Netanyahu, Liberman partially endorse Arab peace initiative

Cnaan Liphshiz

(JTA) — Israeli Prime Minister Benjamin Netanyahu declared his acceptance of some elements of the so-called Arab Peace initiative as a basis for talks on resolving the Israeli-Palestinian conflict.

“The Arab peace initiative includes positive elements that can help revive constructive negotiations with the Palestinians,” Netanyahu said Monday evening at the Knesset in Jerusalem. “We are willing to negotiate with the Arab states revisions to that initiative so that it reflects the dramatic changes in the region since 2002, but maintains the agreed goal of two states for two peoples.”

Also known as the Saudi Initiative, the plan is a proposal which the Arab League in 2002 adopted and which calls for Israel’s withdrawal of land captured in 1967 and a “just settlement” of the Palestinian refugee issue in exchange for full normalization of ties between Israel and the league’s 22 member states. Critics of Israel’s response to the proposal argue Jerusalem never gave its answer to the offer.

Yet critics of the Saudi Initiative have said that the language on Palestinian refugees is too vague given what Israeli prime ministers, including Netanyahu, have described as the Palestinian leaderships dream of ending Israel’s existence as a Jewish state by flooding it with people whom the United Nations and the Palestinian Authority consider refugees. They also maintained that withdrawing from the Golan Heights would expose Israel to excessive risk.

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But Netanyahu said on Monday that he welcomed Egyptian President Abdel Fattah el-Sissi recent offer to help broker a peace deal with the Palestinians, with help from other Arab states, which el-Sissi made in a speech earlier this month. “We welcome the recent speech by Egyptian President el-Sisi and his offer to help advance peace and security in the region,” Netanyahu said.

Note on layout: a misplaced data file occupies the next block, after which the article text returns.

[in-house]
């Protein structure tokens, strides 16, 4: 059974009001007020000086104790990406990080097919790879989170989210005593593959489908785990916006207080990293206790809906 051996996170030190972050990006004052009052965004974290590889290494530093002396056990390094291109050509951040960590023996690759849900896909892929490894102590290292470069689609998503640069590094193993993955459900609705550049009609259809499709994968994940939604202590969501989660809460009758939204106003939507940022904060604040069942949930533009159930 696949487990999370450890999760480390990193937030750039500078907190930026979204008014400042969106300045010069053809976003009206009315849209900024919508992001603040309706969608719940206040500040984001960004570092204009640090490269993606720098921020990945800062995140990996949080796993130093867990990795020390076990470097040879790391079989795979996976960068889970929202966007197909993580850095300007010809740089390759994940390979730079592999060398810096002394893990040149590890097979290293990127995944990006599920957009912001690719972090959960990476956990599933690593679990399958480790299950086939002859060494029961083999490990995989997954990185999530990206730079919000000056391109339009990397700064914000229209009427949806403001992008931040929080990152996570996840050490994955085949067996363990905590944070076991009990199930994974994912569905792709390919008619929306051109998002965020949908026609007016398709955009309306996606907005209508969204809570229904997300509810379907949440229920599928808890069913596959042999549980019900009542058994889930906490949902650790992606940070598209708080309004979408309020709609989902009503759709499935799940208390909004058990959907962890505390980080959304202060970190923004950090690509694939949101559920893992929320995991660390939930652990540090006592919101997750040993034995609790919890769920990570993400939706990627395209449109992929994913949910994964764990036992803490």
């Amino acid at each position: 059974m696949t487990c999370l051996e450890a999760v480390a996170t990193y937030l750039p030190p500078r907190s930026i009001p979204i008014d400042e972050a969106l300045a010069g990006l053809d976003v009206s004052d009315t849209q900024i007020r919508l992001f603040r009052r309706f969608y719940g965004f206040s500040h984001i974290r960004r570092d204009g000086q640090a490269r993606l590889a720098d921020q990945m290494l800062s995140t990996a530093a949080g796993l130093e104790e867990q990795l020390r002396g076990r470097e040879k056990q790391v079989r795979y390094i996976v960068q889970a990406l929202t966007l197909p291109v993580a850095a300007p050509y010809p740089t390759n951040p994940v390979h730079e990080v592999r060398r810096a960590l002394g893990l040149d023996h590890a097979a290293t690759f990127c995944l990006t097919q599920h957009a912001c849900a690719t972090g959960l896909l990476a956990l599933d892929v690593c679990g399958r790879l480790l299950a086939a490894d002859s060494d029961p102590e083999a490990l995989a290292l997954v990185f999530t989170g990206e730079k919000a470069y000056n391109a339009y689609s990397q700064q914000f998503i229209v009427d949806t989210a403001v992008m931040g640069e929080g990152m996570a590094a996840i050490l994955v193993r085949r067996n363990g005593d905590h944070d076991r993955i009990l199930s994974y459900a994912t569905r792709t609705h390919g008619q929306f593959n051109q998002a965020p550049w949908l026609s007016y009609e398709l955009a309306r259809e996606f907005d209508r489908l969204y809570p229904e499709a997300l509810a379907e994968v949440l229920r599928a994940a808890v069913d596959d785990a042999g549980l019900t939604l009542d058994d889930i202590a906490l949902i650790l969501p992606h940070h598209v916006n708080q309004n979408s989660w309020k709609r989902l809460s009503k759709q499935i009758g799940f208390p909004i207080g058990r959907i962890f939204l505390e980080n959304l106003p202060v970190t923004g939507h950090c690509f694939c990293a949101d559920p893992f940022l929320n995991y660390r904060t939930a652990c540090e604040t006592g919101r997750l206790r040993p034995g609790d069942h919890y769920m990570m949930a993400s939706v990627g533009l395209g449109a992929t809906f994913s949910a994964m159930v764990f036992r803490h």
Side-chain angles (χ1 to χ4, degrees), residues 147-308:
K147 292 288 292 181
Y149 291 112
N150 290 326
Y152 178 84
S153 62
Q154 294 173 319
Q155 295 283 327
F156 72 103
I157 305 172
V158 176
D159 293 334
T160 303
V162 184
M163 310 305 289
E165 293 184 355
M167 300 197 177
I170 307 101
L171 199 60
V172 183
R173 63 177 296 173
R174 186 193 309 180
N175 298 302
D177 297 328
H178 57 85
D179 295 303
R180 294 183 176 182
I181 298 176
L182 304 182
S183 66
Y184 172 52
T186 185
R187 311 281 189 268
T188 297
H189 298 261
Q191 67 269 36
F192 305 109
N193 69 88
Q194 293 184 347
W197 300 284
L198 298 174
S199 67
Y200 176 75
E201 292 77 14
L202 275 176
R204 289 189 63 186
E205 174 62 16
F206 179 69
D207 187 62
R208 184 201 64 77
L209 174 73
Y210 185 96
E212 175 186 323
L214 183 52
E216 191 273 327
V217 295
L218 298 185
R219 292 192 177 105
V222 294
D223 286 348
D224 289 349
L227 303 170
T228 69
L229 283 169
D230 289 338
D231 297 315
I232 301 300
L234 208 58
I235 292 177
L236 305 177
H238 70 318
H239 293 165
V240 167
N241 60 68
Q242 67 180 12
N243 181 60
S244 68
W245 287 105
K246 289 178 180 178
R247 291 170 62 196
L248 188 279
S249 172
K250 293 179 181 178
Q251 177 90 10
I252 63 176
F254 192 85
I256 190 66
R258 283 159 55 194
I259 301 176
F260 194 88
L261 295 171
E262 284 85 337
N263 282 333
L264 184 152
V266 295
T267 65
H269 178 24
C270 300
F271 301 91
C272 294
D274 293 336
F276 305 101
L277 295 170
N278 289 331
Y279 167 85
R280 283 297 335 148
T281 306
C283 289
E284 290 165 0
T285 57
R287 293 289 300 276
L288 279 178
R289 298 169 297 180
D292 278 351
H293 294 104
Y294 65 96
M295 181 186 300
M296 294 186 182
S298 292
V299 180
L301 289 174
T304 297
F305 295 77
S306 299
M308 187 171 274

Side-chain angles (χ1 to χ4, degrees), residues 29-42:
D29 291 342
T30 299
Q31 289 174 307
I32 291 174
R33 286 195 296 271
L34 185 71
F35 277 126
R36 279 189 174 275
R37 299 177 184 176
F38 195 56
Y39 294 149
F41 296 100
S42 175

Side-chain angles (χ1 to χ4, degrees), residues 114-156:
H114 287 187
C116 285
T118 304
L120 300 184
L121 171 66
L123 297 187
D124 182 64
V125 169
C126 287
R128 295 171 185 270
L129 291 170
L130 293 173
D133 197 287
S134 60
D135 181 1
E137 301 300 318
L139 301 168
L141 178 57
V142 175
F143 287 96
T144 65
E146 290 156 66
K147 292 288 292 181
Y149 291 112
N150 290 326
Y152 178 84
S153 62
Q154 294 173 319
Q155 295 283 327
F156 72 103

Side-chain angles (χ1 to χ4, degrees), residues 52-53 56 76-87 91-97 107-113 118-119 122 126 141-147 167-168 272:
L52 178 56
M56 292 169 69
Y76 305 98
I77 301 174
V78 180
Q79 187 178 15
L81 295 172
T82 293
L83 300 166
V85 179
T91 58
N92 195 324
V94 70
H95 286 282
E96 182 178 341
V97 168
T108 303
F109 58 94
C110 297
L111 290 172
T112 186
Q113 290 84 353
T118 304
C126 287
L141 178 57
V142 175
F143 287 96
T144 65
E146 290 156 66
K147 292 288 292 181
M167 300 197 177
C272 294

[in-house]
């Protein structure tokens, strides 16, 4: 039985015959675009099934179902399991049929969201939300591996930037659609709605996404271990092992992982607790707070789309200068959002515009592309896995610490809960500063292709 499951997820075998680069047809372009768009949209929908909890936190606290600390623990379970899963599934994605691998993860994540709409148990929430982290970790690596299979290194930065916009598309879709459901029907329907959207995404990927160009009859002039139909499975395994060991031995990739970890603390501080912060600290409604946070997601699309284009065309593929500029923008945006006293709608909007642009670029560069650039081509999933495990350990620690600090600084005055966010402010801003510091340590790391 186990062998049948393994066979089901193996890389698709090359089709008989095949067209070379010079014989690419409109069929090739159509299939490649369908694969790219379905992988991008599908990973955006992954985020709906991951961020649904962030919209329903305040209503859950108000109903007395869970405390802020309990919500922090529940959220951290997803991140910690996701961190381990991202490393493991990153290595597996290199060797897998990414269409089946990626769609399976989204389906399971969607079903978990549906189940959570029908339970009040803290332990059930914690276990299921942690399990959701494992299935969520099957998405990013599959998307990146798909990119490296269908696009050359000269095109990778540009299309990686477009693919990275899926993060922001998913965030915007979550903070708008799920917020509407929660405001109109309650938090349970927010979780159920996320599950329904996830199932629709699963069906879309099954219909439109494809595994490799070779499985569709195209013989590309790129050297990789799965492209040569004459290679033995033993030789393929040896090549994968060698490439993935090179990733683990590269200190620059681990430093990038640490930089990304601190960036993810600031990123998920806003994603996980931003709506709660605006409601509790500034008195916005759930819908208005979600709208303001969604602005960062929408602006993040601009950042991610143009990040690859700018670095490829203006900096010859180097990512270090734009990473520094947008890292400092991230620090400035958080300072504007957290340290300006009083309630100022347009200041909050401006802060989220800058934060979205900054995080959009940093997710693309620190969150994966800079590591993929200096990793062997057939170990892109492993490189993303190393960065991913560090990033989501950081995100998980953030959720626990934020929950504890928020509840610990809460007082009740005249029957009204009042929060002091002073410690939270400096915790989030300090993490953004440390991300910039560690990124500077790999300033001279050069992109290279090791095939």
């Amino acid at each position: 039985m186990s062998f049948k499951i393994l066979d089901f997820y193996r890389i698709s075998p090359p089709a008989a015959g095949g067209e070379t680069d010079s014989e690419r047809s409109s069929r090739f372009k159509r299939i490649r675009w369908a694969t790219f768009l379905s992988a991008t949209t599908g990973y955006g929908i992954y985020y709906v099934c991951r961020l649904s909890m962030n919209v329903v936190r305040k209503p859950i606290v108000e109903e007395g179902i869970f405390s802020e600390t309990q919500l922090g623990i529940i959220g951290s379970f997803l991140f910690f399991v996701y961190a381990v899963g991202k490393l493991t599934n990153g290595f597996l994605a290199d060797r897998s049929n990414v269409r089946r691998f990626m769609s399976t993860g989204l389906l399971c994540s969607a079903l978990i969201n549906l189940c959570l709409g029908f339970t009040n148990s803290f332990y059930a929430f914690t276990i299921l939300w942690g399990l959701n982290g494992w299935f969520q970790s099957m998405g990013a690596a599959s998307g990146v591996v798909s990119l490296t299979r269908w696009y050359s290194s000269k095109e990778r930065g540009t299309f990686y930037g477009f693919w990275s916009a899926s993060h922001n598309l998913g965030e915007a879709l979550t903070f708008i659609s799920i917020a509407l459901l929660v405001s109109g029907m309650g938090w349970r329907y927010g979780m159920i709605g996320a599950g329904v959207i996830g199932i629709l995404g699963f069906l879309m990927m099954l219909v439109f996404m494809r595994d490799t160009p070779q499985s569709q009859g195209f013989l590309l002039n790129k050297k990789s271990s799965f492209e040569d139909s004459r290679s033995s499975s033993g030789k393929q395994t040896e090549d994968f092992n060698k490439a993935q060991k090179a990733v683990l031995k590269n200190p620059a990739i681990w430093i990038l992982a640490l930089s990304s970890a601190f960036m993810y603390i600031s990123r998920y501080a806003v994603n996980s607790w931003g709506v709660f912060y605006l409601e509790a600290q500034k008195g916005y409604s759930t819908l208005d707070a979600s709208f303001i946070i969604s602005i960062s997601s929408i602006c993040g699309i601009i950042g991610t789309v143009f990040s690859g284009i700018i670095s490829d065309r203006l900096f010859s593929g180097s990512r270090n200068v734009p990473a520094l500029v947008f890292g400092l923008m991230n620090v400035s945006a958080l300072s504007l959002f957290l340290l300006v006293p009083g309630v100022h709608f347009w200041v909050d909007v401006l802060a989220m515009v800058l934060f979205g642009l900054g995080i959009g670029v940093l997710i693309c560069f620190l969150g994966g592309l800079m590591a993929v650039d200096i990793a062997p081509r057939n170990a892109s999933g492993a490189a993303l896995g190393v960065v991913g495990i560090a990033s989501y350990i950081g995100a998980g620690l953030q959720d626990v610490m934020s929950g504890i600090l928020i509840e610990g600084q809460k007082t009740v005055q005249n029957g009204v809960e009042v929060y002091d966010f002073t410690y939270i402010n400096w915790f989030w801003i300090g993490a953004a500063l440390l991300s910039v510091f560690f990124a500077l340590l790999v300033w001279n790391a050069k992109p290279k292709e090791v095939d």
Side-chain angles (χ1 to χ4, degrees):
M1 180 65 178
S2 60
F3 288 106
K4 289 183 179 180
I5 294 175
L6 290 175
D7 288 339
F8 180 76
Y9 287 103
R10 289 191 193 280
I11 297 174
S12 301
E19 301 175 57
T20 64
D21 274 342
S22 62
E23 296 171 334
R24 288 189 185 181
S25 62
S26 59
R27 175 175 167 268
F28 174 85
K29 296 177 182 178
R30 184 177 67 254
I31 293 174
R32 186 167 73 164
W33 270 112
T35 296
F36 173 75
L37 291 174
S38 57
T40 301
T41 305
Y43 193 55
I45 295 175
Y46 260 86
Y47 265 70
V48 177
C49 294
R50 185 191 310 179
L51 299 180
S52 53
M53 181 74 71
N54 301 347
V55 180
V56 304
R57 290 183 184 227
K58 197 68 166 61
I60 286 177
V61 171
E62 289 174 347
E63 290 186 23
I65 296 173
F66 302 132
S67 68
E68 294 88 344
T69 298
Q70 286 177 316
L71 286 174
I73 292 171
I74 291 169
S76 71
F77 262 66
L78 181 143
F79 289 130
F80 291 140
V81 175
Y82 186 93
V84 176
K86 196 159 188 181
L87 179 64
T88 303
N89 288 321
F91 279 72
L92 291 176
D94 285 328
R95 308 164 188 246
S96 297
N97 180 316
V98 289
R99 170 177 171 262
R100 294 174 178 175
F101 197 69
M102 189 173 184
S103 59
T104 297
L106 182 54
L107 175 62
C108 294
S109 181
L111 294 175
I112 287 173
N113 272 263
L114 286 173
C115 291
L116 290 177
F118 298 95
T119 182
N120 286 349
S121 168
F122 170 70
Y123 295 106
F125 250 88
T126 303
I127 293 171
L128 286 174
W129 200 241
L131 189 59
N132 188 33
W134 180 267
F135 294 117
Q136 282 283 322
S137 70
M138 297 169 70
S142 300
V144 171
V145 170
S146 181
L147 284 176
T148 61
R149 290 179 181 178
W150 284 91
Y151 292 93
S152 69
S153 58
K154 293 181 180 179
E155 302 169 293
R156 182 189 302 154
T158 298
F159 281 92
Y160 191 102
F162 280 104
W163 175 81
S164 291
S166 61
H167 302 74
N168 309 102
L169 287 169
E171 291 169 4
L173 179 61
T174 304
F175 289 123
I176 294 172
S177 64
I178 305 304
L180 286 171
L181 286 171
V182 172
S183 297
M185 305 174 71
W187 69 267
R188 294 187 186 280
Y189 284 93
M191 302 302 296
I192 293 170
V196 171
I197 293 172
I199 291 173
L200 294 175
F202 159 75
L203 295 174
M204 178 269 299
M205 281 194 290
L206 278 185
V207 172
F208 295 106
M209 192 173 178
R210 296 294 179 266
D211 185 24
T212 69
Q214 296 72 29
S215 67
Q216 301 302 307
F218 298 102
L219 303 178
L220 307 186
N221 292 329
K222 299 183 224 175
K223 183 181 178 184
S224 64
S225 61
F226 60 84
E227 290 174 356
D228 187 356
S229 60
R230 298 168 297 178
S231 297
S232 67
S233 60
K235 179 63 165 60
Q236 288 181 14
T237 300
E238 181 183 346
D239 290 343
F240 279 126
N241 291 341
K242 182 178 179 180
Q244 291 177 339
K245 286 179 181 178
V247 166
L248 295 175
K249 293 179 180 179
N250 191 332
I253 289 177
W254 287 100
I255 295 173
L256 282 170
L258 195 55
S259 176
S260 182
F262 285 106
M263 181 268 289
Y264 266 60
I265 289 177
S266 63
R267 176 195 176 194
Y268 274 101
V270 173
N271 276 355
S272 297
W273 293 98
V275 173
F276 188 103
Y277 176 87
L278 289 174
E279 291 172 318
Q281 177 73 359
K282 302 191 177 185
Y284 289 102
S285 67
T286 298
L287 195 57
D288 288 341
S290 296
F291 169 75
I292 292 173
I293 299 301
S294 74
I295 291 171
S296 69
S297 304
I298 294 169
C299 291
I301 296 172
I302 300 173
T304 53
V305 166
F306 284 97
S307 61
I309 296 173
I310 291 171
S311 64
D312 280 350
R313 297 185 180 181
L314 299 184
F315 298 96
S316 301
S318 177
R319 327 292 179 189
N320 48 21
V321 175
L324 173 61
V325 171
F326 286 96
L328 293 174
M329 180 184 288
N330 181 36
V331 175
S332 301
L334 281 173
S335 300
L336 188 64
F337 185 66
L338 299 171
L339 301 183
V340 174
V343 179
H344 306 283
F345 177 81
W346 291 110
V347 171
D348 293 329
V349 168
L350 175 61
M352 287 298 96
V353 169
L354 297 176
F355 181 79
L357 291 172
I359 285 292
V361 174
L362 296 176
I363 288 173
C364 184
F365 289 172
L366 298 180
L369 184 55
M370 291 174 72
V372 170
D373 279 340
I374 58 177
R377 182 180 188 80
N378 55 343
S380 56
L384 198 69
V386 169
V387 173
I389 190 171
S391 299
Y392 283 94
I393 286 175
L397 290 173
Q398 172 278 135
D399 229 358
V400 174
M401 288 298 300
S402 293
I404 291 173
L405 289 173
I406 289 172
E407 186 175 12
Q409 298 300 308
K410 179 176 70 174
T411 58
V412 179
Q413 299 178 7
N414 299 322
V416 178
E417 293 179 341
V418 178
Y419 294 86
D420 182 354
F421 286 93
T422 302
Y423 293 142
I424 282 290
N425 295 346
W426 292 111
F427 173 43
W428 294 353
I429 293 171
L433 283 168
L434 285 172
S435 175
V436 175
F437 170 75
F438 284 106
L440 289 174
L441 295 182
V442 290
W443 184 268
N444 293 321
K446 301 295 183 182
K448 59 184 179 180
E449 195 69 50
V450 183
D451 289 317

Avigdor Liberman, Israel’s newly-appointed defense minister, said that “President Sissi’s speech was very important; it creates a genuine opportunity that obligates us to pick up the gauntlet,” adding: “I certainly agree that in the Arab Peace Initiative there are some very positive elements that will enable us to conduct serious dialogue with our neighbors in the region.”

Next week, France’s foreign minister, Jean-Marc Ayrault, is preparing to host in Paris a summit devoted to discussing a French initiative for talks, whose premise Israel opposes because it reportedly sets a deadline, after which France will recognize a Palestinian state regardless of the talks’ outcome. Netanyahu also objected to the absence of direct talks between Israel and the Palestinians in the details of the proposal.

Neither Netanyahu nor Liberman mentioned the French initiative in their speeches at the Knesset.

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